Since the team was moved to both San Diego and Los Angeles, the Clippers have made it to the postseason in back-to-back years on only two occasions, including last season's first-round appearance. The Memphis Grizzlies eliminated the Clippers in six games in the Western Conference quarterfinals and changes were made in the City of Angels.
Head coach Vinny Del Negro was relieved of his duties and posted a mark of 128-102 with the Clippers. His teams improved during each of his three seasons at the helm. Del Negro guided the Clippers, who were the fourth seed in this past summer's playoffs, to their first-ever Pacific Division title and they even reached the conference semifinals after the 2011-12 regular season.
Still, it wasn't good enough to keep Del Negro around and the team made a big splash for former Boston Celtics bench boss Doc Rivers. Rivers was acquired in exchange for a first-round pick in the 2015 draft and reportedly inked a three-year deal worth $21 million. The 51-year-old had served as Boston's head coach since 2004 and guided the storied franchise to six division crowns, a pair of Eastern Conference championships and the 2008 NBA title along with a 416-305 overall record and 59-47 postseason mark.
Rivers knows a lot is expected from the Clippers in 2013-14.
"The expectations are great. I don't want us to shrink from that at all. I don't want us to run from that," Rivers told the L.A. Times. "But what we've got to get our guys to understand is expectations are one thing. Realization is a whole different thing, and just because you're expected to do anything doesn't mean you've arrived.
"We have not arrived. We didn't win a playoff series last year. So we have a lot of work to do as a group. We should expect to do that work. We have to expect that it's going to be much harder and we have to embrace it and do it."
In all honesty, it cannot be that much harder for a team loaded with talent and depth. Point guard Chris Paul is arguably the best facilitator in the league and was even appointed president of NBA players' union. Paul liked what the organization did in the offseason so much, he opted to stick around and signed a deal through 2017-18. Paul averaged 16.9 points, 9.7 assists and 2.4 steals over 70 regular-season games in 2012-13 and led the NBA in steals per game in each of his two seasons with Los Angeles.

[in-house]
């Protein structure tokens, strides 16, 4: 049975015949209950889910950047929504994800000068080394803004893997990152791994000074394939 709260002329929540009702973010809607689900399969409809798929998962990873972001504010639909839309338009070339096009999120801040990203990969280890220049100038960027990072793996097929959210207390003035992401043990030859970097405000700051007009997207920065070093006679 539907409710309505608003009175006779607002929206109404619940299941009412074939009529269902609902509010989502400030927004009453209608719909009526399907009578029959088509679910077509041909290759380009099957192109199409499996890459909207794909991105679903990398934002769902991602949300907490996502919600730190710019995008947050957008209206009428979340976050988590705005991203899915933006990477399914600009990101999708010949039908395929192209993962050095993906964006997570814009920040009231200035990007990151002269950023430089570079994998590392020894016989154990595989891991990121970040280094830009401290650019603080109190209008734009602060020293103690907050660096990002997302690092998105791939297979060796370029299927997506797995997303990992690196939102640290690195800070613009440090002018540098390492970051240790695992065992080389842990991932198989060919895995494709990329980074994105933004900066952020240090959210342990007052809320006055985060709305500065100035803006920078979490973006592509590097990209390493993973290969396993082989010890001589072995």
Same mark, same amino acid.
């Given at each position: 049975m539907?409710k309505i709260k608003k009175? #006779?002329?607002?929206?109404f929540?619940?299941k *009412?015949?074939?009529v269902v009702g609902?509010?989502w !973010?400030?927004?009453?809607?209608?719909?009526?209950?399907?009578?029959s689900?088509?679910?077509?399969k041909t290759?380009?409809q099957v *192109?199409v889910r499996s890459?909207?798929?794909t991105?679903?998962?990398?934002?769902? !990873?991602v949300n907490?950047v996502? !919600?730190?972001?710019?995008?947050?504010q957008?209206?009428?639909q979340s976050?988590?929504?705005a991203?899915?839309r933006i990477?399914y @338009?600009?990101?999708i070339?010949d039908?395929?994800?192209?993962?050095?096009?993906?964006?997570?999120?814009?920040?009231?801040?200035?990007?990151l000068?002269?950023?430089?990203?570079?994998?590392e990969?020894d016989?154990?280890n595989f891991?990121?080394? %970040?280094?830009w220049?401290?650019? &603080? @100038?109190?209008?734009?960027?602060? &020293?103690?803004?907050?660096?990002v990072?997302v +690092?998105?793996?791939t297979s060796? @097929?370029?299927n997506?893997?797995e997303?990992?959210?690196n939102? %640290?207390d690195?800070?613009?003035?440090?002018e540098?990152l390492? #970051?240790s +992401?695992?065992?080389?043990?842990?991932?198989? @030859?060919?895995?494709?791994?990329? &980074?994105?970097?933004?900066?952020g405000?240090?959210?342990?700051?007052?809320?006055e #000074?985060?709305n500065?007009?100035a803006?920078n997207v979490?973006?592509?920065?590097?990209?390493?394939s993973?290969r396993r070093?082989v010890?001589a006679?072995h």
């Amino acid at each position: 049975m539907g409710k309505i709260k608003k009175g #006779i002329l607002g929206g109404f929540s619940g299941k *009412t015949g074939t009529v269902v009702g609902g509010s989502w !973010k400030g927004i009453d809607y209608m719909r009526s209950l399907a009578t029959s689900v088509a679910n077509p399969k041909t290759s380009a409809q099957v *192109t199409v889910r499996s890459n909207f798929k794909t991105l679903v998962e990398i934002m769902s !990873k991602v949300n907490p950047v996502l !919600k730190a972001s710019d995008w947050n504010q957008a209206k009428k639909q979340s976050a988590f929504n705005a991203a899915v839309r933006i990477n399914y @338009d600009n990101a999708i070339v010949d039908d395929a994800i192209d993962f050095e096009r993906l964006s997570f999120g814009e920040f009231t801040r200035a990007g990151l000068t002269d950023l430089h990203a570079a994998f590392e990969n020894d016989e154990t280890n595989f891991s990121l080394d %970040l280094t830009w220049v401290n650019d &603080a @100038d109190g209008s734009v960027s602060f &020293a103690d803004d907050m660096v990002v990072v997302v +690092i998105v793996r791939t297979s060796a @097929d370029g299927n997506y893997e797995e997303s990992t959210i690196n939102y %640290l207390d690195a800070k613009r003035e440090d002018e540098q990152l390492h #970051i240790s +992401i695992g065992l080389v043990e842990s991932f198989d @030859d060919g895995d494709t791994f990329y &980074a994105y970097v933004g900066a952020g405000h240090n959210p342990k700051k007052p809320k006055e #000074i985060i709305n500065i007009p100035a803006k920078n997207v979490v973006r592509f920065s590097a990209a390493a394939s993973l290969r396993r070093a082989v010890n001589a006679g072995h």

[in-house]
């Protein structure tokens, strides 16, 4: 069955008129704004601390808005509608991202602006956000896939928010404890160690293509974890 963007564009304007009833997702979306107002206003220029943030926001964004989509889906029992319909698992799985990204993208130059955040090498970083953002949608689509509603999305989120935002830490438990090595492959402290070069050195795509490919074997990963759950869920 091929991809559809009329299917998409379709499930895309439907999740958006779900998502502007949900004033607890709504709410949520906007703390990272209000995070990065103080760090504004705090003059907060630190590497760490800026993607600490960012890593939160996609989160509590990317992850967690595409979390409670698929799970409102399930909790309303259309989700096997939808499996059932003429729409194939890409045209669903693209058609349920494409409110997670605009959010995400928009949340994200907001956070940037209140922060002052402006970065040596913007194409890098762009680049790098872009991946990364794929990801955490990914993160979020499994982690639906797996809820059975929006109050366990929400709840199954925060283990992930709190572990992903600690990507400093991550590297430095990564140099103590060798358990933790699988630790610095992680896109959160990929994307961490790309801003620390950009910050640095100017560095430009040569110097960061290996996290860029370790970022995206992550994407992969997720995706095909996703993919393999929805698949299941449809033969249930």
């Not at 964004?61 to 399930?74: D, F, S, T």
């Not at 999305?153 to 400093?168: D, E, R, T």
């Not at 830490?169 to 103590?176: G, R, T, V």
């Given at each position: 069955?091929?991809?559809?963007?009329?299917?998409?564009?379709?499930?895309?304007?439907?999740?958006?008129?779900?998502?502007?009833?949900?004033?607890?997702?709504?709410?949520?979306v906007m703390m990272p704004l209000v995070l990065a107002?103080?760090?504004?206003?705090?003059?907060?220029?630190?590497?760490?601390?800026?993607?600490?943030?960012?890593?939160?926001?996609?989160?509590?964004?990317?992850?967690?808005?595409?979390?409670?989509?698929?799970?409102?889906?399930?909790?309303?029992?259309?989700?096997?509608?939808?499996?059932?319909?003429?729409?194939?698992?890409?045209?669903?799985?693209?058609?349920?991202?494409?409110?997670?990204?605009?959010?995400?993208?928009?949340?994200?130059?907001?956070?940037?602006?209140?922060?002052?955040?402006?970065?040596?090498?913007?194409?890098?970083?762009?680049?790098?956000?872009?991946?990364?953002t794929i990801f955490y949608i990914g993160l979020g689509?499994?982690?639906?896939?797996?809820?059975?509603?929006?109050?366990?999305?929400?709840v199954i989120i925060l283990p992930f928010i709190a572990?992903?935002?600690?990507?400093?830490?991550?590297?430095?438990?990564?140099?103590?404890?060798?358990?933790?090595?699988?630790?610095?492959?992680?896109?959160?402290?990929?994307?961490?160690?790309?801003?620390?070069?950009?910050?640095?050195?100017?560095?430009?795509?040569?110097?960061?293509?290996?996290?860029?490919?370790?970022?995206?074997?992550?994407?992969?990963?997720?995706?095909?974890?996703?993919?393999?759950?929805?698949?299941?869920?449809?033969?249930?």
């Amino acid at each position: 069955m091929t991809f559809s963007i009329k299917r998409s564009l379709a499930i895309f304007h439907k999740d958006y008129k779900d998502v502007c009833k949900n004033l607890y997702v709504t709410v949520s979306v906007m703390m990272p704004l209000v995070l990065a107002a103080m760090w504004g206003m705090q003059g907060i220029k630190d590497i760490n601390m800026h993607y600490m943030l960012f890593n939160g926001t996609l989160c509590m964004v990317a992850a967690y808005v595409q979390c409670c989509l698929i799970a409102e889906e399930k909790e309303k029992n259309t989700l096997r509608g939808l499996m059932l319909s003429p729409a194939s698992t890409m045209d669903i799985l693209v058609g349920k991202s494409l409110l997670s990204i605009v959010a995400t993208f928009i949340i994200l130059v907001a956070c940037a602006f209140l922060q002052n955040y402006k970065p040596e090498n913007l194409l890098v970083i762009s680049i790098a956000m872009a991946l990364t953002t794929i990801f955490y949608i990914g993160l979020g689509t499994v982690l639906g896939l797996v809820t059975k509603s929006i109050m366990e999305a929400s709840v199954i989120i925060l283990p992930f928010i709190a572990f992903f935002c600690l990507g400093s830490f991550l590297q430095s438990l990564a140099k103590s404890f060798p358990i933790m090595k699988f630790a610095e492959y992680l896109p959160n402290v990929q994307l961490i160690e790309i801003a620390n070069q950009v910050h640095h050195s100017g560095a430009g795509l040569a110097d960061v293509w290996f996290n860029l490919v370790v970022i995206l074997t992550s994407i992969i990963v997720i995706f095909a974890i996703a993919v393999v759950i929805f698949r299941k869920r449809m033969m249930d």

It was rumored Paul wanted Rivers as Del Negro's replacement and got his wish. Paul will play in an offense current Celtics guard Rajon Rondo thrived in and talked about one of his first meetings with the new coach.
"I've spent a little bit of time with Doc. We've talked a couple times but with all of us professional athletes and anything, you always want someone to push you and motivate you," Paul said. "The first meeting I had with Doc, he pretty much told me that I wasn't anything. He told me that I hadn't done anything in this league and he was right. You don't always want somebody who's going to tell you everything that you want to hear."
The leader that he is, Paul is determined to push the Clippers deep into the postseason regardless of what expectations people have. Another season playing alongside Blake Griffin and DeAndre Jordan has the Clippers favored to bring home another division title.
"For us, it's going to be all about the process. We can't control what people say or the hype or the expectations or the good things people say or the bad things that people say," Paul said. "I think for us, it's going to be about the guys in our locker room. It's about us coming in to practice every day and preparing and giving ourselves the opportunity to win. That's what you want at the end of the day. Us three as the leaders of this team, we've got to make sure that we come in and prepare hard every day and everything else hopefully will take care of itself."